In reality, conditions frequently vary. Line pressure is often lower, water will frequently be colder than 25° C and back pressure in the storage tank will likely reduce the performance of the unit. Consequently, you should examine water conditions and buy a larger rated unit than needed if any of the above problems are noted.

Where Do I Buy Reverse Osmosis Units?

Reverse osmosis units are sold at some department and hardware stores, and by water equipment dealers. Companies can be found listed under “Water”or “Water Companies” in the Yellow Pages. You may wish to talk to a variety of vendors to compare features.

How Much Do Reverse Osmosis Units Cost?

Reverse osmosis unit prices vary, from $400 for a portable or under sink unit to $2,500 for a larger, stationary (basement) unit where a booster pump and a pressure system are installed. Replacement pre-filters range in price from approximately $100 – $200 each.

Who Installs the RO Unit?

Many R/O units are designed to operate on the kitchen counter. Some of the larger units are connected under the counter or in the basement. The unit will need to be hooked up to the water line and a discharge-to-the-drain line. Larger units may require professional installation, where a special water supply line is run from the main household water line. If you are unsure about installation, contact a plumber or mechanical contractor.


What Are the Benefits of Reverse Osmosis?

Reverse osmosis can remove dissolved solids, salts, minerals that cause hardness, organic chemicals and other impurities. It can improve the taste of water for people who do not like the taste of dissolved mineral solids.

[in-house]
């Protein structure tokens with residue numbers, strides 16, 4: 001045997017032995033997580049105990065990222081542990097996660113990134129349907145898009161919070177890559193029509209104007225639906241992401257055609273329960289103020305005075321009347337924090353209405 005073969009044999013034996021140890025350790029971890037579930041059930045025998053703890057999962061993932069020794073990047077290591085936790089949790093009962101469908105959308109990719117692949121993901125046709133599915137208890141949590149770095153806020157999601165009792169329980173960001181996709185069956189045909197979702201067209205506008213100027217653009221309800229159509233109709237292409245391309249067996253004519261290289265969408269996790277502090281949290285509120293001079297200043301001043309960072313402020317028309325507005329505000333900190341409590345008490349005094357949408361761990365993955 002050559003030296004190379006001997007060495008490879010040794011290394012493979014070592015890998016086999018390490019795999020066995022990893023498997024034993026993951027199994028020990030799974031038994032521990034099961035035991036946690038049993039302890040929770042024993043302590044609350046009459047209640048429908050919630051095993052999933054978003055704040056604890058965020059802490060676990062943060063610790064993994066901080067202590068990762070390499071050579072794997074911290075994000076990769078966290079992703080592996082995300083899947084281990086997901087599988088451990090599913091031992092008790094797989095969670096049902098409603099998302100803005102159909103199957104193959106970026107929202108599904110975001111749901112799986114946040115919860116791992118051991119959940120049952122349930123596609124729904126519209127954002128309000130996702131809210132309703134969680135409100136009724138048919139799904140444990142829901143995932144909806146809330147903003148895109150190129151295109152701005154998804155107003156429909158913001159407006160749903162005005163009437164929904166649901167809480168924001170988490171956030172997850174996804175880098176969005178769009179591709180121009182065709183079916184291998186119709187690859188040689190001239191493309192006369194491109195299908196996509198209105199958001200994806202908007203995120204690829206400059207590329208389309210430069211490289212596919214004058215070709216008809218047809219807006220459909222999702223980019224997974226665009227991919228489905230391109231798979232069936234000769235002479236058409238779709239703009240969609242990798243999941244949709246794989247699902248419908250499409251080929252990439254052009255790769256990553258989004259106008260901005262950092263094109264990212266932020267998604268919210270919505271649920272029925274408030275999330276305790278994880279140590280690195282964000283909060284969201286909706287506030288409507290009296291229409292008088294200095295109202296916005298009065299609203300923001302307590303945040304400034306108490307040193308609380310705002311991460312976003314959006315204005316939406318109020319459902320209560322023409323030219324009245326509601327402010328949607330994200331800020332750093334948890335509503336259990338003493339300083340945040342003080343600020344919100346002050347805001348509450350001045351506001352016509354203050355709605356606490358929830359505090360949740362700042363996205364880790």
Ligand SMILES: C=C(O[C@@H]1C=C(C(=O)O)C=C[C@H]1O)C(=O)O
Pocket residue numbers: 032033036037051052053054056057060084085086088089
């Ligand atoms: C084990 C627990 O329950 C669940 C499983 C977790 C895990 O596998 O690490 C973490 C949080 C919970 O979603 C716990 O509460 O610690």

Treated water will not produce scale in kettles and coffee makers. Because sodium and potassium are removed, people on a medically prescribed sodium- or potassium-restricted diet may benefit. R/O units may also remove contaminants such as chromium, mercury and nitrates. Before purchasing a R/O unit, check the certification and literature for the particular model to verify exactly what it can and cannot remove.

Is Reverse Osmosis – Treated Water Safe to Drink?

Reverse osmosis treatment systems remove minerals like calcium and magnesium from drinking water. In Canada, water is a minor source of such minerals when compared to foods. If you consume a reasonably balanced diet, you do not need to take a mineral supplement when drinking water treated with a reverse osmosis system. Low levels of minerals in drinking water may be a concern for people living in countries with very hot climates.

Is the Water Source Safe?

A R/O unit should be used only with drinking water that is known to be safe to drink. Although reverse osmosis can remove microbiological contaminants, R/O does not disinfect the water to drinking standards. A flaw or tear to the membrane could allow untreated water to flow through the unit without removing disease-causing organisms. Remember if you are unsure of the quality of your water, get it tested. If you have any doubts about the safety of your water, then it should be disinfected before using a R/O unit.

How Much Water Does the Unit Use? Is It Water-Efficient?